The UN chose to start their calculating at this opportune time and nobody seems to care that the premier world climate agency is cherry picking data.  The UN has often stated that most warming before 1950 was natural climate variation. Why add more than 1 degree C of natural climate variation to the total?  It seems an odd convolution of the arithmetic.

Why the UN’s Intergovernmental Panel on Climate Change (IPCC) has made such a prediction is anybodies guess.  In a world where a volcanic eruption can cause a 2 degree C shift in a single year,  the IPCC’s goal of 2 degrees C since the Industrial Revolution has always been unrealistic and unattainable.

Mistake 4

Accurately calculating the correct historical temperature is very difficult.  Satellite data only exists for 35 years.  Data on the Oceans is spotty and new with the best data beginning in the 1990’s.  We have only a single data point for all of Antarctica.

Direct data in any form is only 200 years old and the best data has been gathered since the 1990’s.  As predictions go back in time the data gets more and more approximate.  We have general ideas about what the climate was like 10,000 years ago (similar to today), 20,000 years ago (much colder than today — think ice sheets in New York City) or 130,000 years ago when we think it was quite a bit warmer than it is right now.  That information is much less precise than the mass of data being produced every day in the 21st century.

The approximate nature of old data makes small changes over short periods of time difficult to calculate or predict.

Data over 200 years old is indirect data using tree rings, soil bores and ice cores and other indirect and anecdotal evidence.  This indirect data is both regional and has a small sample size which means it is difficult to make precise predictions about the climate of just a few thousand years ago.

Ice cores provide long term data for a single specific location in the coldest place on earth.   Trying to predict climate in New York City some 500,000 years ago based on a the temperature in a single ice core in Antarctica is much less accurate than reading a thermometer.

Regional climate varies wildly and is not a good proxy for worldwide climate.  Most anecdotal evidence is made up of proxies for regional climates.  Small changes to the world climate ecosystem in years gone by will almost certainly be missed.  It is difficult to tell how important today variations are, given the poor historical data sets.  Maybe the climate we are seeing is extraordinary, maybe it’s all happened before?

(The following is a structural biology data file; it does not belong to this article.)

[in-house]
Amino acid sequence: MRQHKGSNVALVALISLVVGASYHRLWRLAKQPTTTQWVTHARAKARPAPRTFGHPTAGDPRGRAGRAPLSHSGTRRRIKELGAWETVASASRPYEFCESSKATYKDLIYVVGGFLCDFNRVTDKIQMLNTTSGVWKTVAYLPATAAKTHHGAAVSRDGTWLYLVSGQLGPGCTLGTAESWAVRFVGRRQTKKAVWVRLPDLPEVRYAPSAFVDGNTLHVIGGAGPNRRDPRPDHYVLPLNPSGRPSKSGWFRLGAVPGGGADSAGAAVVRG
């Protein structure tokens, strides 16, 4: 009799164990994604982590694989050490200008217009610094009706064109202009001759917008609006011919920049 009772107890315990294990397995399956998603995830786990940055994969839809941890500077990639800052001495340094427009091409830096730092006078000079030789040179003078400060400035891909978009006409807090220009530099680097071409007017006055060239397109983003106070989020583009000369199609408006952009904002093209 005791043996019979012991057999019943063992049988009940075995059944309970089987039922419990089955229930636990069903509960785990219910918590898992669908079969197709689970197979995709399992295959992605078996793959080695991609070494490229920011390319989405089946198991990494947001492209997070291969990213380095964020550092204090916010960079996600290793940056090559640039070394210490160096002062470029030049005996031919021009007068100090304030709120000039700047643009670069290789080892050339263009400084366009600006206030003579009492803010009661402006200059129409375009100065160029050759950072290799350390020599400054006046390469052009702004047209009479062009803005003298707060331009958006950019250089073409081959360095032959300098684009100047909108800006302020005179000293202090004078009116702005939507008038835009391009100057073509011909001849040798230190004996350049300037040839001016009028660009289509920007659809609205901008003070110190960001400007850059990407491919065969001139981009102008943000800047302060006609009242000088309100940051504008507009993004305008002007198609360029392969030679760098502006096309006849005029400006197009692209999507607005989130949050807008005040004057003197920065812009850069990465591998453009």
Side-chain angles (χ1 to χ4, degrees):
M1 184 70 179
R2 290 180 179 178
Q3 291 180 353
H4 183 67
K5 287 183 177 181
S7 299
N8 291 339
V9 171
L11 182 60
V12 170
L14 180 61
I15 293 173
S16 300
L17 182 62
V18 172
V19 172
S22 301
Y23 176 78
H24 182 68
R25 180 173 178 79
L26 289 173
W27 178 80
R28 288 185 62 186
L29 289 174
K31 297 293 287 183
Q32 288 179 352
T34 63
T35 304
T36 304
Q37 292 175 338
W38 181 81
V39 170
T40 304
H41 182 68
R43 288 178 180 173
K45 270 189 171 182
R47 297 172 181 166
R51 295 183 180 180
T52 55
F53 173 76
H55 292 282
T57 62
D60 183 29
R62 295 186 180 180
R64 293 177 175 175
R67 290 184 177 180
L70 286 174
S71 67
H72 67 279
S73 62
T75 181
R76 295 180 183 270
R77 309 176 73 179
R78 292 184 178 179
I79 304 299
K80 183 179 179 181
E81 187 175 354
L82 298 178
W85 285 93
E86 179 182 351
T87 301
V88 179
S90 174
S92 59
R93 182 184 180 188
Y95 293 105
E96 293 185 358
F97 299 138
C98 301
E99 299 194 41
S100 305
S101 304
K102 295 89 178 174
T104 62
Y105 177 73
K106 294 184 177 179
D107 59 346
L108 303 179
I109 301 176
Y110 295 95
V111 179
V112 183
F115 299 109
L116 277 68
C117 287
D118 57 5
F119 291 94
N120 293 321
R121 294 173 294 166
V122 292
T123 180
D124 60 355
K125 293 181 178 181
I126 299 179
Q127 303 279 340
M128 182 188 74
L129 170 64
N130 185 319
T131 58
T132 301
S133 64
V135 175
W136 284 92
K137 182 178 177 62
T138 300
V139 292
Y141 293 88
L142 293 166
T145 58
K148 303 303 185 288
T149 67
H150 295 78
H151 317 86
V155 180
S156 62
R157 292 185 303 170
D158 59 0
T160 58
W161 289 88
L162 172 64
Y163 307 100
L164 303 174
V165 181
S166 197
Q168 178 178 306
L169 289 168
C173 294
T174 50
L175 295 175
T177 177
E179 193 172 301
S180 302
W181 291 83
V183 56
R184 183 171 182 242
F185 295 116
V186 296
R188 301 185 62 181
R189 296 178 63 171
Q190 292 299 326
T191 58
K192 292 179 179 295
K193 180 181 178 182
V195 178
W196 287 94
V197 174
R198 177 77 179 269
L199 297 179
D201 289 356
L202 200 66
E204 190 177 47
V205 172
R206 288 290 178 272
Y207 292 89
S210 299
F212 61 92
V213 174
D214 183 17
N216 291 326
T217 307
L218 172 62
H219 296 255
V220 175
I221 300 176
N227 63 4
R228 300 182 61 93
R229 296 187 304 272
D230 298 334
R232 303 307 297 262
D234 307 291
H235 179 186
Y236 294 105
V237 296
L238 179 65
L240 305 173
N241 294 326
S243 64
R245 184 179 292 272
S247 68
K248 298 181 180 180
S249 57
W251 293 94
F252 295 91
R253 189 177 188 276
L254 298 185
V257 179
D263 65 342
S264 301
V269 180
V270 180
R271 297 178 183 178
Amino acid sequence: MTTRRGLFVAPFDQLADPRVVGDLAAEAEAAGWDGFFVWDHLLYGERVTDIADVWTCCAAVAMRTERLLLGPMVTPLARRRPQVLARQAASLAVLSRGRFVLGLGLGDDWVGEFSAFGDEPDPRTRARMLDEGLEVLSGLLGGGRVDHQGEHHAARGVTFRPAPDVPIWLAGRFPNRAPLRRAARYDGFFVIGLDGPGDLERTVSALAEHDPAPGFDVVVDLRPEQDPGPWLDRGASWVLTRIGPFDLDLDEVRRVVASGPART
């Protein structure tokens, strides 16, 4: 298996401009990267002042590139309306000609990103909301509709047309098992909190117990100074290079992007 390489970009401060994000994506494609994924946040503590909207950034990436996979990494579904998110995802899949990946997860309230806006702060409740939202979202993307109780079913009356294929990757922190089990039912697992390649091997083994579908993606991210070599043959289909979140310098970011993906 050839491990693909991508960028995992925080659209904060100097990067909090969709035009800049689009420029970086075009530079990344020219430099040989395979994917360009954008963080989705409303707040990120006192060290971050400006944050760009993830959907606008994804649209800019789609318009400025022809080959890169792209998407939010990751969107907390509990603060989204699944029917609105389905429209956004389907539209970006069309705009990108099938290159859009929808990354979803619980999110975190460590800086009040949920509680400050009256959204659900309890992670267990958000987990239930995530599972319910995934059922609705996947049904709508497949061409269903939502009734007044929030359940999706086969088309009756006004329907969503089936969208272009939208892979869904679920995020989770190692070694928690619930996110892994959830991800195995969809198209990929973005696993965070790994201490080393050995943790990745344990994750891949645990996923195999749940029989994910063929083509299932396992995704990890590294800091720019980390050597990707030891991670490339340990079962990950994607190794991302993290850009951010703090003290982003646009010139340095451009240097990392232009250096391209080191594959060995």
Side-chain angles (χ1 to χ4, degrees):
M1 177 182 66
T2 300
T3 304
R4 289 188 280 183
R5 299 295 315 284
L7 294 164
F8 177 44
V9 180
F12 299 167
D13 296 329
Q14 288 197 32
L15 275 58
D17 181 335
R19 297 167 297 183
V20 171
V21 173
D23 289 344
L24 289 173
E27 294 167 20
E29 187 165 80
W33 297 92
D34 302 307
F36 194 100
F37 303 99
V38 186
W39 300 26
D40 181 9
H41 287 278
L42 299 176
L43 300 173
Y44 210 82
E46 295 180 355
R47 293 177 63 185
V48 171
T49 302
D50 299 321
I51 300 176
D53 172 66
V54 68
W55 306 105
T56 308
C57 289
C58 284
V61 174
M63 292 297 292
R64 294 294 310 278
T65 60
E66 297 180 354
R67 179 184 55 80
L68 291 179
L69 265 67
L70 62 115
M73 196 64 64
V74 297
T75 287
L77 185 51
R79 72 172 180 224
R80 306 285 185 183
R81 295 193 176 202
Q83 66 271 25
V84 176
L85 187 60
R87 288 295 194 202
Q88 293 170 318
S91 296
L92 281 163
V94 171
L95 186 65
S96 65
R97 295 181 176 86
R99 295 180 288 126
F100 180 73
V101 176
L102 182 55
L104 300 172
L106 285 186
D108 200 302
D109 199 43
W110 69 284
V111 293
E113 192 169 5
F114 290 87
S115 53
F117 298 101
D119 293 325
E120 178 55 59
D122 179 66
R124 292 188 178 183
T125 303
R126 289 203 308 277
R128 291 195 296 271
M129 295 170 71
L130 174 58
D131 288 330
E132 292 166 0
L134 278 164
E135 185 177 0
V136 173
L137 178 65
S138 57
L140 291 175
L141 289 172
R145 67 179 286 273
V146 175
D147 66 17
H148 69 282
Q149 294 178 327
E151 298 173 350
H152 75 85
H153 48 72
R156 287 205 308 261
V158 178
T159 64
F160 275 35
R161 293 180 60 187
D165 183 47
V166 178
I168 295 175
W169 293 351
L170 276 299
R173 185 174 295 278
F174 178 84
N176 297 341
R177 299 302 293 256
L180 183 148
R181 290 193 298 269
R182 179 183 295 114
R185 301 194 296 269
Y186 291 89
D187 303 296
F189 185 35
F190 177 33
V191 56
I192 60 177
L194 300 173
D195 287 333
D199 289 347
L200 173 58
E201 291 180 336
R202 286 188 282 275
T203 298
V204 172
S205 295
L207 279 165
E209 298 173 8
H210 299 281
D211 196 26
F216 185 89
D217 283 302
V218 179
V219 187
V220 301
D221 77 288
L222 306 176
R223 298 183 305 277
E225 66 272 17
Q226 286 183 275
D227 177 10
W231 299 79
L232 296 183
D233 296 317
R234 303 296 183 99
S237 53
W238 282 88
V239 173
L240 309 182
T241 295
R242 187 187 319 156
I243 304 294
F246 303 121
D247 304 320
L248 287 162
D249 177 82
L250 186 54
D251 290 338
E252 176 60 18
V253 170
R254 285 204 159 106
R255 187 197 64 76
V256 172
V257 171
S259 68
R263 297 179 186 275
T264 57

And the data interpretation keeps changing!

Just a few days ago NOAA announced that they had found errors in recent temperature calculations that help explain the less warm than predicted climate these last 15 years.  Other climate groups are less sure, choosing to take a wait an see attitude. Perhaps they remember other climate missteps (Climate-gate or the Mann Hockey Stick Graph).

Just about every article using temperature data ignores the limitations the science faces.  Specific numbers are used in a world full of approximations and guesses.

And so it goes

Climate Change Studies?

Much money has been spent in recent years studying climate change.   We are oft bombarded with gloom and doom courtesy of these studies.   Most studies I’ve read blame rapidly changing temperatures  caused by man.  Carbon dioxide is responsible for whatever disaster they happen to be promoting.

Suppose, just suppose, that the climate hasn’t been changing as rapidly as advertised.

Let’s look at some temperature data.   I’d like to state up front that I think all land based temperature data is wild ass guess data.  The Earth’s temperature is simply too difficult to calculate.   Most thermometers are located in the developed world.  Much of Africa is sparsely covered and coverage in Antarctica is spectacularly sparse,  only a single location for then entire continent. World temperature wild ass guessing is a virtual certainty.   That said, lets begin with some NASA data that relies on weather stations and ocean buoys:

Fig C

Yep, this chart shows a shift in world temperatures in the 1990’s.  But if  the chart had been started a year later in 1997 instead of 1996, then there would be no real change.   Yep, no net change in climate since 1997.   The last 17 years have been surprisingly stable.   More stable than at any time in the last 170 years as this East Anglia University data shows:

Natural variation; here, there, everywhere.   I particularly like the changes in the 1870’s and 1880’s.   Ocean temperature data stunk back then (it’s not that great today) so we know the data used to prepare this graph is jam packed full of guesses.

Climate change before 1950 is presumed to be natural climate variation by the same experts that are trying to scare us now. My personal favorite,  the stretch from 1907 to 1943.  It seems eerily similar to the data from 1976 to 1998.